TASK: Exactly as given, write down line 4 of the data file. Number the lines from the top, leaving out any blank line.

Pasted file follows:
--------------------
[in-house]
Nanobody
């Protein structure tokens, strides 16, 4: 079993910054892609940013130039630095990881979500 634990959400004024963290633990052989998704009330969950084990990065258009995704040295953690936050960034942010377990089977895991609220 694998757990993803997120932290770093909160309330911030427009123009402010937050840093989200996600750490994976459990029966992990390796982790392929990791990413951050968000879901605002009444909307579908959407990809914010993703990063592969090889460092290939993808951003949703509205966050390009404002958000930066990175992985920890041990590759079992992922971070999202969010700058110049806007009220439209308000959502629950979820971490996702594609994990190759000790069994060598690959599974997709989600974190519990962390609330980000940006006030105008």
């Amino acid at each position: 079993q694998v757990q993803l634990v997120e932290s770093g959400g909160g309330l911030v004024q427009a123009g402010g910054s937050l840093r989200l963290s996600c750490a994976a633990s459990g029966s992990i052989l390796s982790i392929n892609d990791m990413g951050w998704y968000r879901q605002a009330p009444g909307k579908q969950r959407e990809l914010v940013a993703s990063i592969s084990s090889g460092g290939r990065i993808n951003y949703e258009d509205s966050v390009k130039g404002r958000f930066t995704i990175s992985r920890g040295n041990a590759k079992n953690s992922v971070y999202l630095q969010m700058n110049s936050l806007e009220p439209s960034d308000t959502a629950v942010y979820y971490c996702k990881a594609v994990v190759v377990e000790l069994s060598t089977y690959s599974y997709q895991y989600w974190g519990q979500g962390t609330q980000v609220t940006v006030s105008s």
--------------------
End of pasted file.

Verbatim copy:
């Amino acid at each position: 079993q694998v757990q993803l634990v997120e932290s770093g959400g909160g309330l911030v004024q427009a123009g402010g910054s937050l840093r989200l963290s996600c750490a994976a633990s459990g029966s992990i052989l390796s982790i392929n892609d990791m990413g951050w998704y968000r879901q605002a009330p009444g909307k579908q969950r959407e990809l914010v940013a993703s990063i592969s084990s090889g460092g290939r990065i993808n951003y949703e258009d509205s966050v390009k130039g404002r958000f930066t995704i990175s992985r920890g040295n041990a590759k079992n953690s992922v971070y999202l630095q969010m700058n110049s936050l806007e009220p439209s960034d308000t959502a629950v942010y979820y971490c996702k990881a594609v994990v190759v377990e000790l069994s060598t089977y690959s599974y997709q895991y989600w974190g519990q979500g962390t609330q980000v609220t940006v006030s105008s």